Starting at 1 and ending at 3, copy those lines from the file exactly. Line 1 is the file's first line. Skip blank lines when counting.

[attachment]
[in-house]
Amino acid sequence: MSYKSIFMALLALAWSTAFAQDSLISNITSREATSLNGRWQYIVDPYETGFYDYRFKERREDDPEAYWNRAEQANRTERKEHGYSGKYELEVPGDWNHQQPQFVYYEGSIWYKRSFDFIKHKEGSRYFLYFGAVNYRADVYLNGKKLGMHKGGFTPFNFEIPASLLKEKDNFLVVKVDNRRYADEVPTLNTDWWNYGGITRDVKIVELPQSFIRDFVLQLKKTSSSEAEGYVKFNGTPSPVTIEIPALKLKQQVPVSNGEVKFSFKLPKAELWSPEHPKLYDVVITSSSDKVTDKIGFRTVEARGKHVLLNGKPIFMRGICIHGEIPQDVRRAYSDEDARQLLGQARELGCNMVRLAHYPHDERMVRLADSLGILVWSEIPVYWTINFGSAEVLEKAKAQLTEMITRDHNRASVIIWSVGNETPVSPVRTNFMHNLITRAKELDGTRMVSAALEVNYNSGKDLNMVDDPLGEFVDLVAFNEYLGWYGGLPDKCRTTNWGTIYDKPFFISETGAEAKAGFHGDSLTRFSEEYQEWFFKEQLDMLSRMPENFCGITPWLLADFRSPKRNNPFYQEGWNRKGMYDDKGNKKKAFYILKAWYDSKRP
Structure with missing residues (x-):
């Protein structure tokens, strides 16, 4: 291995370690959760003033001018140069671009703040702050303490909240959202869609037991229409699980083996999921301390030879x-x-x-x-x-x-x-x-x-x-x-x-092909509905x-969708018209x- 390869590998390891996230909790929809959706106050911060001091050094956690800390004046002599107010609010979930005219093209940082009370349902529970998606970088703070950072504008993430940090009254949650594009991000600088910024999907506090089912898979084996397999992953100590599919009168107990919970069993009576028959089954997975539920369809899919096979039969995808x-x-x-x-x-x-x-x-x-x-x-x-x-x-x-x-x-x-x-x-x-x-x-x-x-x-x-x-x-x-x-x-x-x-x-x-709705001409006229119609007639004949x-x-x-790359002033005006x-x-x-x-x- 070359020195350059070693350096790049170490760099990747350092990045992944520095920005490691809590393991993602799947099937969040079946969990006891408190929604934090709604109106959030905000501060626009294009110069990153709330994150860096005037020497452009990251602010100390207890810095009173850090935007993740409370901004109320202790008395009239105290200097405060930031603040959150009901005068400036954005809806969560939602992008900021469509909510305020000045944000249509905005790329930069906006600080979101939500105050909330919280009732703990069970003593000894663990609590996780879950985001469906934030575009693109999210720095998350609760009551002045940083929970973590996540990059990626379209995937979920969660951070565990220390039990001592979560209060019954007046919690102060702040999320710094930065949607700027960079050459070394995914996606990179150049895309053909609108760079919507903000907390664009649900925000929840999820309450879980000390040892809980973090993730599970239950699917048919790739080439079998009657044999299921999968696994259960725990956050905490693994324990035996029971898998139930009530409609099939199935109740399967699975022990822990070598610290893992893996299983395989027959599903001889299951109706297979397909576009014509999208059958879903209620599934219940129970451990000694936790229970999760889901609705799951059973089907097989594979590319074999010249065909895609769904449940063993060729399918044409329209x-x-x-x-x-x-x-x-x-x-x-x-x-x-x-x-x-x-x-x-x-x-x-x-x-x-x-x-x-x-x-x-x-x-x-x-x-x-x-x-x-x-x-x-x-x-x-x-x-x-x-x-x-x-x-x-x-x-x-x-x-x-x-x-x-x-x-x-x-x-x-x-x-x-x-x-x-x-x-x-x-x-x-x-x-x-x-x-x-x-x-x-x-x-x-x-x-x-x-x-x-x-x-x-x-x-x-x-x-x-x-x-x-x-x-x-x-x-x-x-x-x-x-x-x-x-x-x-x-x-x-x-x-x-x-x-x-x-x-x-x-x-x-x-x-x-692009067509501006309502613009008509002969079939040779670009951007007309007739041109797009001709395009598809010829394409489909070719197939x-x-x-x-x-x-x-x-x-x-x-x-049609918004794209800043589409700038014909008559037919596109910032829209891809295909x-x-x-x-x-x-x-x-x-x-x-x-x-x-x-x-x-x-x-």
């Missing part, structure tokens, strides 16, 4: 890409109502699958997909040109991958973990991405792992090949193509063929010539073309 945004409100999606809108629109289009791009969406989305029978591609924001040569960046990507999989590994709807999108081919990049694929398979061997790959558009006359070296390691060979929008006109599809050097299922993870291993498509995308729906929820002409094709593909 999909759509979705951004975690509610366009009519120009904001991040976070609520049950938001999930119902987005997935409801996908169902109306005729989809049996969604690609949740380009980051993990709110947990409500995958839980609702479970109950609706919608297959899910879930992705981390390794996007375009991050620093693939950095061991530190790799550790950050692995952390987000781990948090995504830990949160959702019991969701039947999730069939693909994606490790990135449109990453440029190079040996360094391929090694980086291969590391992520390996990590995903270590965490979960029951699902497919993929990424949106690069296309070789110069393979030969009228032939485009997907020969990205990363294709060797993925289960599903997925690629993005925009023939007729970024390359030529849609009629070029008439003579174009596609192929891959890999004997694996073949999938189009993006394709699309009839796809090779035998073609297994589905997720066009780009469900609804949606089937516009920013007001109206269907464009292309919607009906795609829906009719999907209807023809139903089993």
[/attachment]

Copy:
[in-house]
Amino acid sequence: MSYKSIFMALLALAWSTAFAQDSLISNITSREATSLNGRWQYIVDPYETGFYDYRFKERREDDPEAYWNRAEQANRTERKEHGYSGKYELEVPGDWNHQQPQFVYYEGSIWYKRSFDFIKHKEGSRYFLYFGAVNYRADVYLNGKKLGMHKGGFTPFNFEIPASLLKEKDNFLVVKVDNRRYADEVPTLNTDWWNYGGITRDVKIVELPQSFIRDFVLQLKKTSSSEAEGYVKFNGTPSPVTIEIPALKLKQQVPVSNGEVKFSFKLPKAELWSPEHPKLYDVVITSSSDKVTDKIGFRTVEARGKHVLLNGKPIFMRGICIHGEIPQDVRRAYSDEDARQLLGQARELGCNMVRLAHYPHDERMVRLADSLGILVWSEIPVYWTINFGSAEVLEKAKAQLTEMITRDHNRASVIIWSVGNETPVSPVRTNFMHNLITRAKELDGTRMVSAALEVNYNSGKDLNMVDDPLGEFVDLVAFNEYLGWYGGLPDKCRTTNWGTIYDKPFFISETGAEAKAGFHGDSLTRFSEEYQEWFFKEQLDMLSRMPENFCGITPWLLADFRSPKRNNPFYQEGWNRKGMYDDKGNKKKAFYILKAWYDSKRP
Structure with missing residues (x-):